“Every song has been written already. We know this. We’re just trying to be honest and give everyone our version of what we want to be passed down… what we want to stand the test of time. More than just three simple chords love or hate songs that have been done a thousand times over.”
These are the words of vocalist Randy Burlingame that accompany the advance release for Traditions’ upcoming debut EP Cycles, due 11th March. They’re big words from a relatively small band, but it’s refreshing to see artists who openly label themselves as pop-punk acknowledge the genres limitations and in doing so try to find their own way past them. So many bands within the genre play similar songs in similar ways and as a result a large chunk of those bands end up swept under the rug in a musical sense. Traditions do things a little differently, and hopefully doing so sees them take the strides that Decade and Knuckle Puck have over the past few months.
The EP begins with ‘Ten Days’ and marks a clear signal of intent, being insatiably catchy and dynamic. From the opening line it bounces and writhes with energy, mixing clever drumming with rising melodies and instrumentals, even throwing in a quick guitar solo of sorts towards the end. It’s a solid opener that grabs a listener and makes them stick around for the tracks that follow, the first of which is the more traditional ‘Progression / Regression’. Although it isn’t quite as adventurous it still offers a lot, spinning a story about a relationship, with reflective lyrics matching the songs title (‘I’m doing my best to stop living in my head and more in the present tense / and I finally found the balance’). The gang vocals on this song are a great addition, and the EP is filled with nice touches like these, adding variety and sing-along moments to each track. Final two tracks ‘Polarity’ and ‘Eyes Of A Man’ opt for a heavier approach, or heavy by the genres standards, not quite matching Four Year Strong heights. The former of the two wastes no time, diving straight in with melodic guitars and breakneck drumming before dropping off as a hazy guitar riff churns behind the verse. These final tracks bring in harsher vocals, mixing them in with Burlingame’s cleaner delivery as both guitarist Matt Cyphers and bassist Jack Dunphy contribute vocally, with each bringing something different yet welcome. Cries of ‘There has to be another way’ ring out over poppy breakdowns as cymbals crash and melodies shine, making for the EP’s strongest moment on its strongest track, ‘Polarity’. ‘Eyes Of A Man’ caps off Cycles in fine form, layering vocals over catchy bass and punchy drums, all whilst featuring some of the EP’s more personal lyrics. As it fades out you’re definitely left wanting more, and it’ll be interesting to see where Traditions go from here because on their debut they seize every opportunity to impress and do so frequently.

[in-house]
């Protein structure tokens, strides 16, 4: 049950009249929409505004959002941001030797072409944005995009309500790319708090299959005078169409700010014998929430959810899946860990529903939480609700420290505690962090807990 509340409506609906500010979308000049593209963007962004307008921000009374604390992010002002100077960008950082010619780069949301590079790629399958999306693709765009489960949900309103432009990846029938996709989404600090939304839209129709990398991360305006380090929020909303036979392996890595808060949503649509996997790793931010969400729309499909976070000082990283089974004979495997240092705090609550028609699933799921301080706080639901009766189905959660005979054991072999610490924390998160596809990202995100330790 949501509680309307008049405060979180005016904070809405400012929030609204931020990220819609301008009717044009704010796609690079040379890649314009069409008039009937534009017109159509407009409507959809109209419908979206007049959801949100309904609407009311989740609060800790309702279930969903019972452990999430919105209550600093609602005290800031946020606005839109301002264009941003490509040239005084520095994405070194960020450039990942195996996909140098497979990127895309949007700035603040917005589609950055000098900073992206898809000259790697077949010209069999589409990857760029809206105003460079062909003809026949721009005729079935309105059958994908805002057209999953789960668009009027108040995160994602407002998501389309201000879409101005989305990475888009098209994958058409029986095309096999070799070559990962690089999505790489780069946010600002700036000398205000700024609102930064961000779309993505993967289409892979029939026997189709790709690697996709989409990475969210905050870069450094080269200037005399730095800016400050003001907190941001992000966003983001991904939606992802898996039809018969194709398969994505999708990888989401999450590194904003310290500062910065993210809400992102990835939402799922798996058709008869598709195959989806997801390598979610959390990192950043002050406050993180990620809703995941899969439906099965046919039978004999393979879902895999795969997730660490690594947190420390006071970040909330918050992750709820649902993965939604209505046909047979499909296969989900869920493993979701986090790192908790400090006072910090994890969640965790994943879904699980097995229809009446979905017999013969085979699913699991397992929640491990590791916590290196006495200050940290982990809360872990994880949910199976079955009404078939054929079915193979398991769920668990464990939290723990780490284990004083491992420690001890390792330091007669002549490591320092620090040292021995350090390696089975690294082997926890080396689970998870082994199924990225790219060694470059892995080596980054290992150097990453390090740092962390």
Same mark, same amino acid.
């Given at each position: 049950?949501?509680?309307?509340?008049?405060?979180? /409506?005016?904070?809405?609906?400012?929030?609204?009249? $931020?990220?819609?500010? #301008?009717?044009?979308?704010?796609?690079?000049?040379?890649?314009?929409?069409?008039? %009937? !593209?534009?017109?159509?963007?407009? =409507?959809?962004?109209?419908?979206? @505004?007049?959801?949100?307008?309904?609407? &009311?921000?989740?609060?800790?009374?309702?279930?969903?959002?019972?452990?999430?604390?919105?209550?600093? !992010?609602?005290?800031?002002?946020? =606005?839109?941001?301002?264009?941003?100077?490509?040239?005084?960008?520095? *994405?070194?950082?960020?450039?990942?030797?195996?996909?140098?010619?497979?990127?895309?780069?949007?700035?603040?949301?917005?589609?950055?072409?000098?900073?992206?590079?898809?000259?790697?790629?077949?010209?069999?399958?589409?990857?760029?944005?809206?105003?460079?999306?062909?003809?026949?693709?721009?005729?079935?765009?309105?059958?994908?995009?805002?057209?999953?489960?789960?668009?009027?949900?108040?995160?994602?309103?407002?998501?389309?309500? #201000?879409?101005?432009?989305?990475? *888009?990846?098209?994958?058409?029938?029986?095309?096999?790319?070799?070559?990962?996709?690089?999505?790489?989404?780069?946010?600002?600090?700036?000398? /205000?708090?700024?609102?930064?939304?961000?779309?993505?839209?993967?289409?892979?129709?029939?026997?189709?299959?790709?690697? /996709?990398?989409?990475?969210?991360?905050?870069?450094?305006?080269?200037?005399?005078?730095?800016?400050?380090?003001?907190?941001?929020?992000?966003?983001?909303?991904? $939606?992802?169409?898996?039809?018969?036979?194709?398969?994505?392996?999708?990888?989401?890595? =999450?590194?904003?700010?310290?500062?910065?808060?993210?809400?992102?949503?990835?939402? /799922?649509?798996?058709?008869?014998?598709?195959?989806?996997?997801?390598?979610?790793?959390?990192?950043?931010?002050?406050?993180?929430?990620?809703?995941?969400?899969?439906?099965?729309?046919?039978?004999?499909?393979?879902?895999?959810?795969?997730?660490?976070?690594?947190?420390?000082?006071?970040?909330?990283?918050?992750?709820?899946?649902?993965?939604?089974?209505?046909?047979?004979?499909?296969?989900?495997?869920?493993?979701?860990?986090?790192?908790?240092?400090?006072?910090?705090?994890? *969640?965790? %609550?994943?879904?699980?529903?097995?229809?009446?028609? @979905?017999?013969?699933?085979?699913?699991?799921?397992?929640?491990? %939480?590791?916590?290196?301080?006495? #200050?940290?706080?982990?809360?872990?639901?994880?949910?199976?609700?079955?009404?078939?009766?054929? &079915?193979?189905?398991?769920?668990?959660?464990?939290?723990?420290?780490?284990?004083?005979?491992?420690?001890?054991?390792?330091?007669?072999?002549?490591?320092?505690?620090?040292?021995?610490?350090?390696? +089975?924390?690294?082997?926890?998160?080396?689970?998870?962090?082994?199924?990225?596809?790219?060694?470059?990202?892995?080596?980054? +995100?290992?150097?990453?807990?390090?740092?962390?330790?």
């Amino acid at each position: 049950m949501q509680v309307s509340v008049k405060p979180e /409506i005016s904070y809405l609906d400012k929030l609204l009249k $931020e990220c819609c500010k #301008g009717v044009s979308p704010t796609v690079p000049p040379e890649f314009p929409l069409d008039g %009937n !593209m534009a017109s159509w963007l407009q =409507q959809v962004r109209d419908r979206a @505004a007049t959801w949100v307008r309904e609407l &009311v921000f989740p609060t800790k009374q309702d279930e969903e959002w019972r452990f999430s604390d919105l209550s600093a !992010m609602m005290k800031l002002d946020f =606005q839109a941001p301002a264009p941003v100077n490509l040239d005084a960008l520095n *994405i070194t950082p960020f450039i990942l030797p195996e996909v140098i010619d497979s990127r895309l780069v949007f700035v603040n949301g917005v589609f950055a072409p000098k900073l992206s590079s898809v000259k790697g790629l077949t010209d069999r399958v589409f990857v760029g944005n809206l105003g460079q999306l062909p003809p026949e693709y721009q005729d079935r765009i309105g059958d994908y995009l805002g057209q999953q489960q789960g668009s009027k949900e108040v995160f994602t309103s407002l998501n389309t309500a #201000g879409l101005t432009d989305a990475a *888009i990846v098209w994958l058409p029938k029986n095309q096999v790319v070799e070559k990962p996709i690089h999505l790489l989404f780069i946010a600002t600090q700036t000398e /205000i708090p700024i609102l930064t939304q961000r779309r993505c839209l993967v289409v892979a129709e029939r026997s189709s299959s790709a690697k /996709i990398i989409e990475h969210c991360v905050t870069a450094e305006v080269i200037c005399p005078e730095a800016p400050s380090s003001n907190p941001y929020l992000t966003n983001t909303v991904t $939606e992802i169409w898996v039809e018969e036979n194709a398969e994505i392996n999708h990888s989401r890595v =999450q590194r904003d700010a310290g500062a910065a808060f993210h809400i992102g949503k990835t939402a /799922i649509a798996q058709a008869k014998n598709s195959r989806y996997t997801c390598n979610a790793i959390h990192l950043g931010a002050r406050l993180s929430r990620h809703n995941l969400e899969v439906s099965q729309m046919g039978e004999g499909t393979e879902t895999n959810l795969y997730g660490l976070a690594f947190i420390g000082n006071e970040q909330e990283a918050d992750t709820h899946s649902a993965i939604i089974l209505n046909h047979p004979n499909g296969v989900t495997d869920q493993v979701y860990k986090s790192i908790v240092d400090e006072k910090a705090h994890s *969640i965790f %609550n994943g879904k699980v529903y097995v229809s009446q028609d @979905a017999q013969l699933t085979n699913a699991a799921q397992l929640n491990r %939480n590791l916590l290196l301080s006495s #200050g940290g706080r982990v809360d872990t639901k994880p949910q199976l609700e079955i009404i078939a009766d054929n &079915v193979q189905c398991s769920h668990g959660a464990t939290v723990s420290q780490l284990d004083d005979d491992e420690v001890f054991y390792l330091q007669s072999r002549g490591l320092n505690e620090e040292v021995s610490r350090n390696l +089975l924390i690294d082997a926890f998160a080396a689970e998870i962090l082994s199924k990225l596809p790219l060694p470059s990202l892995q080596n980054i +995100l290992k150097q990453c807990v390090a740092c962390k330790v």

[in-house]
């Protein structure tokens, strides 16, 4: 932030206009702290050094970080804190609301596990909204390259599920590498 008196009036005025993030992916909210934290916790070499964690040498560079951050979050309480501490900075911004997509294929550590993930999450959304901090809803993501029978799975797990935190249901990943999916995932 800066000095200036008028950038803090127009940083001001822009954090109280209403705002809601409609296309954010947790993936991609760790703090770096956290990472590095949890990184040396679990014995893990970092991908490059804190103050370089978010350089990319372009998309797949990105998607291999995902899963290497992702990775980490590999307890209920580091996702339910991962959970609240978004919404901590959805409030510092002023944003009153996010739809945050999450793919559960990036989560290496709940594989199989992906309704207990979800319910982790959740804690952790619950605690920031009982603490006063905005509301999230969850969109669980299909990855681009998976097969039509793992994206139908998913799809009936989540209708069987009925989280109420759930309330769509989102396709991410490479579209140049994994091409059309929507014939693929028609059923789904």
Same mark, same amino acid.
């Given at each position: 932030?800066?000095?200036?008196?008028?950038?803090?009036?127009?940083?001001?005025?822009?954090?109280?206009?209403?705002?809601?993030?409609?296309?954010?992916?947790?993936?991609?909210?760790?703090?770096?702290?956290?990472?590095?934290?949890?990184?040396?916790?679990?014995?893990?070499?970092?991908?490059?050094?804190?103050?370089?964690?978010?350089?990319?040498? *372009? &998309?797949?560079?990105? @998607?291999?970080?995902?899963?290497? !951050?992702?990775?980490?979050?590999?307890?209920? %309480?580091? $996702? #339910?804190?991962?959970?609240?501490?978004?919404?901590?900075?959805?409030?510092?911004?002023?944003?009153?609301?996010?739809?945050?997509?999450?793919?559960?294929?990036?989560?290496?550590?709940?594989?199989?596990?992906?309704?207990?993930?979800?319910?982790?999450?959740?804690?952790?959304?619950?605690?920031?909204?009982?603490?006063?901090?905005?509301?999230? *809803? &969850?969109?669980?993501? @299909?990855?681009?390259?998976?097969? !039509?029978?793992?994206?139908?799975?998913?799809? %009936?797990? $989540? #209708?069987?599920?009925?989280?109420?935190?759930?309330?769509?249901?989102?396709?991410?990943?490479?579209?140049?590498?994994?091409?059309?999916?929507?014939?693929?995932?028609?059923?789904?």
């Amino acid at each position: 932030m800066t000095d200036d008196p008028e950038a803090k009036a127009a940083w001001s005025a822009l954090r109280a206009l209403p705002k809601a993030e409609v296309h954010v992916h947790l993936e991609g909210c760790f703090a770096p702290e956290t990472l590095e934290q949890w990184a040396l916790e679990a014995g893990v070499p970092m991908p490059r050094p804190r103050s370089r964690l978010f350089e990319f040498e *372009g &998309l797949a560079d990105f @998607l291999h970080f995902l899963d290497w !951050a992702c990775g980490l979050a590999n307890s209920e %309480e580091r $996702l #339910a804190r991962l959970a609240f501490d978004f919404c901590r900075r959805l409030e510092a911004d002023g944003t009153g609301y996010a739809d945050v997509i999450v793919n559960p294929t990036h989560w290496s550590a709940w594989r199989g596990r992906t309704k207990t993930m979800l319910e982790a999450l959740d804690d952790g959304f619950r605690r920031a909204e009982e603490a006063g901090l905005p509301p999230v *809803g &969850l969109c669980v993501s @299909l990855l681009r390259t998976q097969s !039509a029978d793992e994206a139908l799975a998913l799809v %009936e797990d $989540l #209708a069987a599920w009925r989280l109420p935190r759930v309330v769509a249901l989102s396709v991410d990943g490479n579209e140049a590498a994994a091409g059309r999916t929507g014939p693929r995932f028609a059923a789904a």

The instrumental side of Traditions’ music is also excellent, making use of differing styles, some of which are more aggressive. Powerful guitar riffs often accompany enthusiastic drumming, whilst bass takes a back seat for the most part. It’s a formula that works, and Cycles rarely lets up bar a few brief respites. The lyrics are also solid, showcasing fine storytelling and pensive thoughtful lyrics, and despite not being the most positive they sit well over an upbeat backdrop, reminiscent of The Wonder Years. Every aspect of Cycles is great, but on tracks like the shorter ‘Debt Of A Son’ everything comes together brilliantly as the song serves up hook after hook, both vocally and instrumentally.
Cycles reminds me of old-school pop-punk in a sense. There’s hints of New Found Glory in the meatier riffs of ‘Debt Of A Son’ and ‘Ten Days’, whilst the vocals as a whole are very Through Being Cool Saves The Day. It means that Traditions find a comfortable balance between the old and new on Cycles, and as a result there’s much more substance to their debut, which also makes it much more rewarding for a listener. There’s a depth to it that releases of this nature often lack, be it through the heavier vocals of the closer or the noticeable above and beyond contributions of each member.
If I hadn’t made it clear already Cycles is very, very good. Each song impresses in its own distinct way and as a whole it’s a debut EP absolutely brimming with promise. Given enough attention upon release Cycles could easily propel the band onwards and upwards as it’s one of the best debut releases I’ve heard from the genre in a while, which is saying something considering it seems to spew out new artists on a seemingly daily basis. All being said, Traditions should easily shine through.
Rating – 9/10
Pre-order all formats here: http://takethistoheartrecords.bandcamp.com/releases
Stream ‘Progression / Regression’ here: http://www.absolutepunk.net/showthread.php?t=3644031
4 thoughts on “Traditions – Cycles (Review)”
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